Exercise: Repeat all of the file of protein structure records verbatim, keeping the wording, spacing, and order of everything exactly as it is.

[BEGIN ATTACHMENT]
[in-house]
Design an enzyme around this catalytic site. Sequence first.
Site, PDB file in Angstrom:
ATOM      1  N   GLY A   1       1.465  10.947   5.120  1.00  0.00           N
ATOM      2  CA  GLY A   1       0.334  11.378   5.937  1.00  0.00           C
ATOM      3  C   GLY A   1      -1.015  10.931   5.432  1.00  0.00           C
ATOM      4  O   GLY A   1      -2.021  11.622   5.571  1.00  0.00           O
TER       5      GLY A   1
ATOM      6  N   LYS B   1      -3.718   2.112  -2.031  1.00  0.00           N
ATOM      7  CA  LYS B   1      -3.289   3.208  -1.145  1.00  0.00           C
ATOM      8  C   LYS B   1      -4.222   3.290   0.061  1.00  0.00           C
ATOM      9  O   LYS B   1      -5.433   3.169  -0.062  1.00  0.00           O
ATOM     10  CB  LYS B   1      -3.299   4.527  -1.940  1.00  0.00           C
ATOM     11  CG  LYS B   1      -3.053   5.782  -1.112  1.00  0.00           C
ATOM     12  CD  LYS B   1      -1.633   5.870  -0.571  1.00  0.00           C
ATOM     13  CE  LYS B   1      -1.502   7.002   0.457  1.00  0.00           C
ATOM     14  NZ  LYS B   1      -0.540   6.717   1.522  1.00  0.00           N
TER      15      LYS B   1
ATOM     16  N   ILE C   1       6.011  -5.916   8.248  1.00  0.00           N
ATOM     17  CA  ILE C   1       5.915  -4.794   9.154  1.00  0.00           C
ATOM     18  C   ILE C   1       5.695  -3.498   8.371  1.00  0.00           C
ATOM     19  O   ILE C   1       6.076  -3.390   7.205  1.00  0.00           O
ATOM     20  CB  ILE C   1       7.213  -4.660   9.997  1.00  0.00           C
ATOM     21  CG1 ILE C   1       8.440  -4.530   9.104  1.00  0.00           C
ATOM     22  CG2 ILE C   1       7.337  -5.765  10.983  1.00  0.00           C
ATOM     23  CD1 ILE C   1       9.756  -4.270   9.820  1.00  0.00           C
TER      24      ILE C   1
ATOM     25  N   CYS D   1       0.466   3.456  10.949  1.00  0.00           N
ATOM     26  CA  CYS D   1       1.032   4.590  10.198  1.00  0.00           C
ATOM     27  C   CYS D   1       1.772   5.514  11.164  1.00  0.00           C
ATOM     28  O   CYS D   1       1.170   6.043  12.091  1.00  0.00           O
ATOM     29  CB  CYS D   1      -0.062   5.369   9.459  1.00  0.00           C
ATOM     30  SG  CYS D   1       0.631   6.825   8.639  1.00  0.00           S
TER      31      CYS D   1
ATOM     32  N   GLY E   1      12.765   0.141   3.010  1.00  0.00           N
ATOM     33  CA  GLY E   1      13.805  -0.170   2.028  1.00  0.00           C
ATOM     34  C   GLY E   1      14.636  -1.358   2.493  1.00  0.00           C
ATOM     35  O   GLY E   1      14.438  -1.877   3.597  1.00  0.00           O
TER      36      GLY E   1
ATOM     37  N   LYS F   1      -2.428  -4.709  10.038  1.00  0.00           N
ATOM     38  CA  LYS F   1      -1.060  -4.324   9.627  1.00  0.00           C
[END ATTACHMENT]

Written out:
[in-house]
Design an enzyme around this catalytic site. Sequence first.
Site, PDB file in Angstrom:
ATOM      1  N   GLY A   1       1.465  10.947   5.120  1.00  0.00           N
ATOM      2  CA  GLY A   1       0.334  11.378   5.937  1.00  0.00           C
ATOM      3  C   GLY A   1      -1.015  10.931   5.432  1.00  0.00           C
ATOM      4  O   GLY A   1      -2.021  11.622   5.571  1.00  0.00           O
TER       5      GLY A   1
ATOM      6  N   LYS B   1      -3.718   2.112  -2.031  1.00  0.00           N
ATOM      7  CA  LYS B   1      -3.289   3.208  -1.145  1.00  0.00           C
ATOM      8  C   LYS B   1      -4.222   3.290   0.061  1.00  0.00           C
ATOM      9  O   LYS B   1      -5.433   3.169  -0.062  1.00  0.00           O
ATOM     10  CB  LYS B   1      -3.299   4.527  -1.940  1.00  0.00           C
ATOM     11  CG  LYS B   1      -3.053   5.782  -1.112  1.00  0.00           C
ATOM     12  CD  LYS B   1      -1.633   5.870  -0.571  1.00  0.00           C
ATOM     13  CE  LYS B   1      -1.502   7.002   0.457  1.00  0.00           C
ATOM     14  NZ  LYS B   1      -0.540   6.717   1.522  1.00  0.00           N
TER      15      LYS B   1
ATOM     16  N   ILE C   1       6.011  -5.916   8.248  1.00  0.00           N
ATOM     17  CA  ILE C   1       5.915  -4.794   9.154  1.00  0.00           C
ATOM     18  C   ILE C   1       5.695  -3.498   8.371  1.00  0.00           C
ATOM     19  O   ILE C   1       6.076  -3.390   7.205  1.00  0.00           O
ATOM     20  CB  ILE C   1       7.213  -4.660   9.997  1.00  0.00           C
ATOM     21  CG1 ILE C   1       8.440  -4.530   9.104  1.00  0.00           C
ATOM     22  CG2 ILE C   1       7.337  -5.765  10.983  1.00  0.00           C
ATOM     23  CD1 ILE C   1       9.756  -4.270   9.820  1.00  0.00           C
TER      24      ILE C   1
ATOM     25  N   CYS D   1       0.466   3.456  10.949  1.00  0.00           N
ATOM     26  CA  CYS D   1       1.032   4.590  10.198  1.00  0.00           C
ATOM     27  C   CYS D   1       1.772   5.514  11.164  1.00  0.00           C
ATOM     28  O   CYS D   1       1.170   6.043  12.091  1.00  0.00           O
ATOM     29  CB  CYS D   1      -0.062   5.369   9.459  1.00  0.00           C
ATOM     30  SG  CYS D   1       0.631   6.825   8.639  1.00  0.00           S
TER      31      CYS D   1
ATOM     32  N   GLY E   1      12.765   0.141   3.010  1.00  0.00           N
ATOM     33  CA  GLY E   1      13.805  -0.170   2.028  1.00  0.00           C
ATOM     34  C   GLY E   1      14.636  -1.358   2.493  1.00  0.00           C
ATOM     35  O   GLY E   1      14.438  -1.877   3.597  1.00  0.00           O
TER      36      GLY E   1
ATOM     37  N   LYS F   1      -2.428  -4.709  10.038  1.00  0.00           N
ATOM     38  CA  LYS F   1      -1.060  -4.324   9.627  1.00  0.00           C